For those new to the concept, co-working spaces are places where an operator specifically designs an office for collaboration and variation in mind (think open plan, mixed-use spaces). They then sublet the spaces for a monthly fee to freelancers, entrepreneurs, start-ups and even larger companies.
From there, members have access to either a hot desk or fixed desk, conference rooms, a kitchen, creative common areas, as well as some sweeteners thrown in the mix (unlimited coffee is always an alluring perk).
Co-working is no small-time movement, either. More than one million people globally are expected to work within a shared space by the end of 2017, showing that what was once dubbed a trend has now become a permanent fixture in the world of work.
Many factors have contributed to this uprising, such as the wants and demands of Millennials that are entering the workforce, changes in the way people work due to technology advances, the increased number of freelance workers, who are expected to outnumber fixed employees by 2020 in the US, as well as a desire for increased collaboration and community.
Co-working spaces have now become a sub-sector of the real estate industry, which means that the industry is now taking a particularly strong interest in co-working spaces and their operators.
A recent report by real estate firm Bayleys found Auckland’s co-working spaces have grown from three co-working operators taking up around 1400 square metres of space in 2011 to 13 operators running 13,800 square metres of space in 2016.
This number will have grown even more by the end of 2017, with GridAKL expanding to include two new buildings leased by co-working space provider Generator, as well as BizDojo’s new co-working site in Takapuna, its site in development in Ponsonby and the just announced Sylvia Park site, which will be open in mid-2018.
As a sign of just how vast the co-working movement in New Zealand has become, BizDojo has experienced 300 percent growth in one year, going from 14 staff to 45 and boosting turnover from $2.2 million to $12.5 million.
The expansion to Sylvia Park means BizDojo now has seven co-working sites in the works across Auckland, Wellington, Christchurch and Queenstown. At Sylvia Park, it will have room for up to 300 residents, bringing the total number of BizDojo members in Auckland to over 1500.
BizDojo co-founder Nick Shewring says the company will soon be occupying well over 16,000 square metres of space, which makes it the largest co-working space provider in Australasia behind WeWork.
“At our retreat a few weeks ago our staff said, ‘Why are we expanding so quickly?’ Part of it is that often as a business, you can’t control the timing of opportunities. We ended up in this interesting position where we reached a critical tipping point and a lot of landlords were approaching us. That doesn’t usually happen in a linear way,” Shewring says.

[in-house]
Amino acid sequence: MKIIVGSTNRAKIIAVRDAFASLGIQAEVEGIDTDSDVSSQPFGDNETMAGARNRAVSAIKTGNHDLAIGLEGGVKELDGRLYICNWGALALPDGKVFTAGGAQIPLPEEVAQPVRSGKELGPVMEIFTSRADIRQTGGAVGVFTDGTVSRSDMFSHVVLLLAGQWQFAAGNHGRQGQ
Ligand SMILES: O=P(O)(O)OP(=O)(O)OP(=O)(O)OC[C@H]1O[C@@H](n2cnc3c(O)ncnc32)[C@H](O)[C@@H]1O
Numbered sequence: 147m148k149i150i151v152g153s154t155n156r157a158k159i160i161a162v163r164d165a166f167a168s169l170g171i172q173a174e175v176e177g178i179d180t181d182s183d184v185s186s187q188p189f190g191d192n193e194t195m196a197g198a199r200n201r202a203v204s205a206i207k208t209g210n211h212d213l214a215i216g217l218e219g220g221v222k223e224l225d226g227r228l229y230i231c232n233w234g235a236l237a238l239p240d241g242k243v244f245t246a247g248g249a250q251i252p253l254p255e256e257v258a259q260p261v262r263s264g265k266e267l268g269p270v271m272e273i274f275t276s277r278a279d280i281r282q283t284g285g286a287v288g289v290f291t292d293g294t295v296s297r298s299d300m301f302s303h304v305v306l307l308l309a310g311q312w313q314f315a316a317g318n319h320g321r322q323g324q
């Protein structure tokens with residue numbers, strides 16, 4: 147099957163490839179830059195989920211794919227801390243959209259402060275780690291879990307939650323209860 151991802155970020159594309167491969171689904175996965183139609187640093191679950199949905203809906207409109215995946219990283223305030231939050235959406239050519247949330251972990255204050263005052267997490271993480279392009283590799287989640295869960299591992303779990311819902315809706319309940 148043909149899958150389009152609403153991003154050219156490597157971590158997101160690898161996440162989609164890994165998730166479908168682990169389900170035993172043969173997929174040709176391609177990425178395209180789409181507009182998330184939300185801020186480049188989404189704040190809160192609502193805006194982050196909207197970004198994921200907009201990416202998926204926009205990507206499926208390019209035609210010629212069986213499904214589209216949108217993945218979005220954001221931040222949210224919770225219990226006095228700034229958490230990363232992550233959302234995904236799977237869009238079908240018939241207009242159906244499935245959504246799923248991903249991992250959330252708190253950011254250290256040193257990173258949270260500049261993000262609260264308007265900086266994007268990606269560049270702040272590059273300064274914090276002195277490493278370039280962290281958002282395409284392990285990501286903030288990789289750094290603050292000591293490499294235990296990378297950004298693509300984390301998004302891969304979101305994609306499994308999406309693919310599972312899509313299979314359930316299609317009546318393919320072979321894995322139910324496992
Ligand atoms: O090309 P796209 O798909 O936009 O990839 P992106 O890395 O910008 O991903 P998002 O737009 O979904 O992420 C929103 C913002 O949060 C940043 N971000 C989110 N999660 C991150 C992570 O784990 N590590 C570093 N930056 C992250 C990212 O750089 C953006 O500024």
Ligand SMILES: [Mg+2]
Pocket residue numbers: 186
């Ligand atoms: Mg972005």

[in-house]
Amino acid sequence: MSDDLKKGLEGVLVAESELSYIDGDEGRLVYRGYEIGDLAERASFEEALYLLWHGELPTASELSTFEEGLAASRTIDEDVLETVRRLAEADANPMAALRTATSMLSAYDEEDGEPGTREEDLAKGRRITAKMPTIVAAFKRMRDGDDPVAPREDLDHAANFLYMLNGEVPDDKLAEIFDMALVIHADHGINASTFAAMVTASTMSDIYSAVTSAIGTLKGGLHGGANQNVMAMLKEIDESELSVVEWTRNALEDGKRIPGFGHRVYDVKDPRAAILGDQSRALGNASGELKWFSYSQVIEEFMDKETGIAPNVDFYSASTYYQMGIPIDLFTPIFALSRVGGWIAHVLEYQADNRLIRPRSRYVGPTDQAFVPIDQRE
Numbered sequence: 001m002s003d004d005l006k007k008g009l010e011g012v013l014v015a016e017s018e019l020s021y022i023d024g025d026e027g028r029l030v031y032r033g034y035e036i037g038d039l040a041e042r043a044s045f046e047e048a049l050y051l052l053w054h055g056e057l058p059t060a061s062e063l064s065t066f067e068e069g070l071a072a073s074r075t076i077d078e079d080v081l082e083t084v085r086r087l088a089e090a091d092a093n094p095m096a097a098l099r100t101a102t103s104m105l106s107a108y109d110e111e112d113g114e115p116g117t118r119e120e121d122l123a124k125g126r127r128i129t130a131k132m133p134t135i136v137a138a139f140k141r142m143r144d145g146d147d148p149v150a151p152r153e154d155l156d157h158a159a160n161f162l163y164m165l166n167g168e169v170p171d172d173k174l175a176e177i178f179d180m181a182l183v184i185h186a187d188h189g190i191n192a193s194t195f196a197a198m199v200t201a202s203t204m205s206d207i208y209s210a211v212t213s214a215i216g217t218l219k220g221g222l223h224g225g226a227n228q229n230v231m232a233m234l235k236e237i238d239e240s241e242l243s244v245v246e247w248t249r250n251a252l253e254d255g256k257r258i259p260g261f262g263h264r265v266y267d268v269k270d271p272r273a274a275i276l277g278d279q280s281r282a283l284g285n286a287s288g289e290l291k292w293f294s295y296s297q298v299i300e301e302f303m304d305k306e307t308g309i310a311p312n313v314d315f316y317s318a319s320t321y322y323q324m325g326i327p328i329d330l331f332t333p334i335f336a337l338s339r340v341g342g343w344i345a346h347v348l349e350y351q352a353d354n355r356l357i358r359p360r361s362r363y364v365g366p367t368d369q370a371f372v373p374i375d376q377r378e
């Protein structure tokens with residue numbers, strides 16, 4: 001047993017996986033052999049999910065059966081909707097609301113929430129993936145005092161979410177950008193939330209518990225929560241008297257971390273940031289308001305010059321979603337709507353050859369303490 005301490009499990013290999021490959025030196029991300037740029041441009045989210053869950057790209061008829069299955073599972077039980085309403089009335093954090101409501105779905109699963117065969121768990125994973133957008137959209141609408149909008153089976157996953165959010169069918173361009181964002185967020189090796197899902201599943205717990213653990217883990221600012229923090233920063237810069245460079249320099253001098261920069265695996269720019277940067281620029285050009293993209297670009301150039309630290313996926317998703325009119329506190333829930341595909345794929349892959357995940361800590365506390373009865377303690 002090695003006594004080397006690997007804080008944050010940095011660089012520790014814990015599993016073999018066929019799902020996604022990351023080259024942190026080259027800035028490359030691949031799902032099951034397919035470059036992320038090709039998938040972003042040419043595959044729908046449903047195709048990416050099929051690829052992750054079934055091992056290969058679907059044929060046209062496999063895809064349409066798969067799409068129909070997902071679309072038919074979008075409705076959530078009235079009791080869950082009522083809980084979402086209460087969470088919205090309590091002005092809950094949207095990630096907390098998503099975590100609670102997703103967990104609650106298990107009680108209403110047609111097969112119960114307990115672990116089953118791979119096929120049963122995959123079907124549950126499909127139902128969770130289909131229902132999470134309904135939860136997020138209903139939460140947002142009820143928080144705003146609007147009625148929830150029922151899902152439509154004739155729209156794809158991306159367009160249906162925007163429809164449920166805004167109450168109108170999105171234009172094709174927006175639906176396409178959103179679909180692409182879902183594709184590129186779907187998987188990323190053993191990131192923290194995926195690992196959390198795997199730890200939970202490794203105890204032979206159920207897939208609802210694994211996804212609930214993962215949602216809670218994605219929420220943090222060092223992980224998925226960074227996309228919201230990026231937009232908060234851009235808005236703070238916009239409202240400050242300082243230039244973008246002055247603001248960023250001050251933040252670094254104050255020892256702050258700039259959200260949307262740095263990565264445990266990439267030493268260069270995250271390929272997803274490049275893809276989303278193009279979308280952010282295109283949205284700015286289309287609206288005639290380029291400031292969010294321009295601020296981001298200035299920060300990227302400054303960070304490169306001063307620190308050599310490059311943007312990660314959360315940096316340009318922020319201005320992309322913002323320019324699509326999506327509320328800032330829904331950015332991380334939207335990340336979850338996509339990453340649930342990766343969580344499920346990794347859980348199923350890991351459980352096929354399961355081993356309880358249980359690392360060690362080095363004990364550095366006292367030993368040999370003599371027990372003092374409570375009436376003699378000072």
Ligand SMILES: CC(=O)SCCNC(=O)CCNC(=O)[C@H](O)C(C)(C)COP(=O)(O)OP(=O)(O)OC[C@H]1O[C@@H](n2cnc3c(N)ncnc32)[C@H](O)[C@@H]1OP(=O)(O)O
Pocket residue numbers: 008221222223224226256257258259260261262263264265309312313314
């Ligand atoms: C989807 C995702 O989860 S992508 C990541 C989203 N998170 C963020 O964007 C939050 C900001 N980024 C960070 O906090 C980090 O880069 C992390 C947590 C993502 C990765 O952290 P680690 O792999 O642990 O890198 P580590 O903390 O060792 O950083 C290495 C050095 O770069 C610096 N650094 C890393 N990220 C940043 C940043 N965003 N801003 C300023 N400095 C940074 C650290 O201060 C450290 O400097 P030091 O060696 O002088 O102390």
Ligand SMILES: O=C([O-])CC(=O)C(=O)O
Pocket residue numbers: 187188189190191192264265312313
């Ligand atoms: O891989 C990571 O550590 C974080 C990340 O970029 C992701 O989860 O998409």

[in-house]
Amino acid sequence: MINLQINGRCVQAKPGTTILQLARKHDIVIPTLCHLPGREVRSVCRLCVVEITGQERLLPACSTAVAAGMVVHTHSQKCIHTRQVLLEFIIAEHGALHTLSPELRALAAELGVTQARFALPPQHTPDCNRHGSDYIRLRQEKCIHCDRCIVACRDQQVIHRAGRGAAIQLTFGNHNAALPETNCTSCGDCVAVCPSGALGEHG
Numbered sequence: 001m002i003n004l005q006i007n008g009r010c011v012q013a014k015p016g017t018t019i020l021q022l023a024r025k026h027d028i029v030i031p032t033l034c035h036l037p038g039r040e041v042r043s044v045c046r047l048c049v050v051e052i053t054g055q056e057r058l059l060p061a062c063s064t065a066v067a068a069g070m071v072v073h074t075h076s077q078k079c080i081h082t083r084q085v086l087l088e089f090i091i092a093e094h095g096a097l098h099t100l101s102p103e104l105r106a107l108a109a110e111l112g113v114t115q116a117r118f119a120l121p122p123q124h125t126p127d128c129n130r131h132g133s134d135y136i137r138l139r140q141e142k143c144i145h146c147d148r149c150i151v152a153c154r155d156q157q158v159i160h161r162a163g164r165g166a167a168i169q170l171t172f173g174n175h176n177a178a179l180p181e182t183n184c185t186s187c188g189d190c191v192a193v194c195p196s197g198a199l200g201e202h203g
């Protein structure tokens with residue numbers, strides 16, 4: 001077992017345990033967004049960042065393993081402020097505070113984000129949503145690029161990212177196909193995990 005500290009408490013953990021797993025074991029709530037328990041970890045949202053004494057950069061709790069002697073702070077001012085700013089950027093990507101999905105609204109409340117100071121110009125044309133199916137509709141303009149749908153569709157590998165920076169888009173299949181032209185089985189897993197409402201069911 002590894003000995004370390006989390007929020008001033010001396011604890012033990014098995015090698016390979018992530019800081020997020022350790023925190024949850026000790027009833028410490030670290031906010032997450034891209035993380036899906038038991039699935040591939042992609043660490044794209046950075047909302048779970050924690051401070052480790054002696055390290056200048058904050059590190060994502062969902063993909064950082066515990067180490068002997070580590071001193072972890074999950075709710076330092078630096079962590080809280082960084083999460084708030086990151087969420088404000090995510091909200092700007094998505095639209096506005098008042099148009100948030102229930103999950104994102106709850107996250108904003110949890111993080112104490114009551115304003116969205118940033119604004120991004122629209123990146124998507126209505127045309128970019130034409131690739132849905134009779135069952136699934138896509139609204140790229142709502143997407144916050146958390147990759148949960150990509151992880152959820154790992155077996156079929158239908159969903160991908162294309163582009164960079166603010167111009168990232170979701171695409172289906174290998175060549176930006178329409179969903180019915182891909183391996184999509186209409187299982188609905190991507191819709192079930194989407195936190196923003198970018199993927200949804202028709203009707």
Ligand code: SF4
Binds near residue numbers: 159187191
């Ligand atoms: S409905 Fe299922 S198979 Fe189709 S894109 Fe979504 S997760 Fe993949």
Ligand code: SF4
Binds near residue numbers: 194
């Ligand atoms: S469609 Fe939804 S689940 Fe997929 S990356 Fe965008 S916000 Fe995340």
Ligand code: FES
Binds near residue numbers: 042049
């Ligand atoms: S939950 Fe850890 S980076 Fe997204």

“We also realised that actually, the impact we can achieve as a bigger organisation with a much bigger community is far greater than what we can achieve as a smaller community.”
Shewring says co-working spaces are something those in the property sector now have at the front of their mind when designing new developments.
“I think for a lot of landlords, they see that this trend of co-working is now recognised as a mega-trend. Co-working, in eight years, has gone from a bootstrapped idea to a common vernacular for how anyone should design their buildings,” he says.
Case in point: The site that BizDojo will be based out of in Sylvia Park shopping centre is an office tower called No.1 Sylvia Park, which is currently under construction.
Kiwi Property chief executive Chris Gudgeon, which owns Sylvia Park, said the move to include and design the site for BizDojo highlights the rise in popularity of shared working spaces.
“Co-working is a growing trend world-wide, and is quickly becoming an important sector in New Zealand’s commercial office market,” Gudgeon said.
He also said its inclusion would bolster the shopping centre’s vision to become a ‘town centre’.
An artist's impression of No.1 Sylvia Park
“As Sylvia Park continues to grow, so does the need for services supporting our retailers and the local community, which is why BizDojo is a natural fit for No.1 Sylvia Park.”
Shewring says the fact that co-working operators have an incredibly diverse mix of businesses under their umbrella mean they’re attractive and reliable as a tenant.
“We would require a colossal market change to create a ripple effect to our business because we’ve got people from so many different walks of life and so many different industries. From a landlord’s perspective, they’re not putting all their eggs in one basket.
“They’re making a huge capital investment into their property and infrastructure and they’re looking for a way to de-risk it and for a way to make more impact with where they put their money, so we’re definitely seeing that more and more landlords are thinking far more about how they activate their assets and how they lower the risk.”
Another reason co-working spaces are appealing is due to the fact it helps a network of Kiwi businesses grow, he says, which is a win-win for everybody.
“We are fueled and powered by local companies scaling and growing. We’re a symbiotic business and our success is driven off the success of our community, so for a landlord that’s quite tantalising.”
So are there more co-working spaces on the horizon for Aotearoa? Watch this space - BizDojo's next idea is to roll some out in the regions.
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